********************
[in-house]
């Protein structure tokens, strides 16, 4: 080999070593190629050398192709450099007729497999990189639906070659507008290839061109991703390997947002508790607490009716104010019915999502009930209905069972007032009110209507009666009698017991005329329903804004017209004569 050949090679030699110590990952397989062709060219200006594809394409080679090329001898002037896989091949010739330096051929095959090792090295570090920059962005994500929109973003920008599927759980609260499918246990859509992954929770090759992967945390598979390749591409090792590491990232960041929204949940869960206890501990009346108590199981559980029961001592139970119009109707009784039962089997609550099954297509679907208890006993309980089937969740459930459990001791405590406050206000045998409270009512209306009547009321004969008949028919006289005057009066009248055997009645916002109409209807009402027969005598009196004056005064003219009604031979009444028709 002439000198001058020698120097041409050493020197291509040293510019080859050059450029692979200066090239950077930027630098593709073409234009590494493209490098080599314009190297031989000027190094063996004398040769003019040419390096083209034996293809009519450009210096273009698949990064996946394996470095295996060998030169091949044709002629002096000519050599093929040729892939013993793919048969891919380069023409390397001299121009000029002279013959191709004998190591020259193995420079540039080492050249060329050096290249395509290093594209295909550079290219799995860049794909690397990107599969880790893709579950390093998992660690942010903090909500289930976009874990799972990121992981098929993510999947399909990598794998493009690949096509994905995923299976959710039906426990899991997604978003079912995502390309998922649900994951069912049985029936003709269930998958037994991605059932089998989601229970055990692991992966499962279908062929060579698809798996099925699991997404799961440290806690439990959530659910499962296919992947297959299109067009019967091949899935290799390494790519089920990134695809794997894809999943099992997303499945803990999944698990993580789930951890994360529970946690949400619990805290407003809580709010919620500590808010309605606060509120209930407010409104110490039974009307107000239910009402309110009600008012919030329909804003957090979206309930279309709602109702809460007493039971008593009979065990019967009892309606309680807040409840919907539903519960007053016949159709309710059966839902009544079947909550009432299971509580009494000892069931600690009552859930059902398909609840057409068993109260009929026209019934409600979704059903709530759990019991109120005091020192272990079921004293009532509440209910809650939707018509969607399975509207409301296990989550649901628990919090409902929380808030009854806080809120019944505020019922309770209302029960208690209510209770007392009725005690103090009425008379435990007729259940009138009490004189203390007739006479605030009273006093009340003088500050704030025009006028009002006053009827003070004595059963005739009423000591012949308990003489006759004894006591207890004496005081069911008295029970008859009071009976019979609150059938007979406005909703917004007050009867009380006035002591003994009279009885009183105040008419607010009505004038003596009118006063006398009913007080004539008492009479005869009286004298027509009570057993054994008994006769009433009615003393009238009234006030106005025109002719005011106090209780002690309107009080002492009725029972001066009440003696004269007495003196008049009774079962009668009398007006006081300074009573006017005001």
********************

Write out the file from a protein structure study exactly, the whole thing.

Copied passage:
[in-house]
């Protein structure tokens, strides 16, 4: 080999070593190629050398192709450099007729497999990189639906070659507008290839061109991703390997947002508790607490009716104010019915999502009930209905069972007032009110209507009666009698017991005329329903804004017209004569 050949090679030699110590990952397989062709060219200006594809394409080679090329001898002037896989091949010739330096051929095959090792090295570090920059962005994500929109973003920008599927759980609260499918246990859509992954929770090759992967945390598979390749591409090792590491990232960041929204949940869960206890501990009346108590199981559980029961001592139970119009109707009784039962089997609550099954297509679907208890006993309980089937969740459930459990001791405590406050206000045998409270009512209306009547009321004969008949028919006289005057009066009248055997009645916002109409209807009402027969005598009196004056005064003219009604031979009444028709 002439000198001058020698120097041409050493020197291509040293510019080859050059450029692979200066090239950077930027630098593709073409234009590494493209490098080599314009190297031989000027190094063996004398040769003019040419390096083209034996293809009519450009210096273009698949990064996946394996470095295996060998030169091949044709002629002096000519050599093929040729892939013993793919048969891919380069023409390397001299121009000029002279013959191709004998190591020259193995420079540039080492050249060329050096290249395509290093594209295909550079290219799995860049794909690397990107599969880790893709579950390093998992660690942010903090909500289930976009874990799972990121992981098929993510999947399909990598794998493009690949096509994905995923299976959710039906426990899991997604978003079912995502390309998922649900994951069912049985029936003709269930998958037994991605059932089998989601229970055990692991992966499962279908062929060579698809798996099925699991997404799961440290806690439990959530659910499962296919992947297959299109067009019967091949899935290799390494790519089920990134695809794997894809999943099992997303499945803990999944698990993580789930951890994360529970946690949400619990805290407003809580709010919620500590808010309605606060509120209930407010409104110490039974009307107000239910009402309110009600008012919030329909804003957090979206309930279309709602109702809460007493039971008593009979065990019967009892309606309680807040409840919907539903519960007053016949159709309710059966839902009544079947909550009432299971509580009494000892069931600690009552859930059902398909609840057409068993109260009929026209019934409600979704059903709530759990019991109120005091020192272990079921004293009532509440209910809650939707018509969607399975509207409301296990989550649901628990919090409902929380808030009854806080809120019944505020019922309770209302029960208690209510209770007392009725005690103090009425008379435990007729259940009138009490004189203390007739006479605030009273006093009340003088500050704030025009006028009002006053009827003070004595059963005739009423000591012949308990003489006759004894006591207890004496005081069911008295029970008859009071009976019979609150059938007979406005909703917004007050009867009380006035002591003994009279009885009183105040008419607010009505004038003596009118006063006398009913007080004539008492009479005869009286004298027509009570057993054994008994006769009433009615003393009238009234006030106005025109002719005011106090209780002690309107009080002492009725029972001066009440003696004269007495003196008049009774079962009668009398007006006081300074009573006017005001």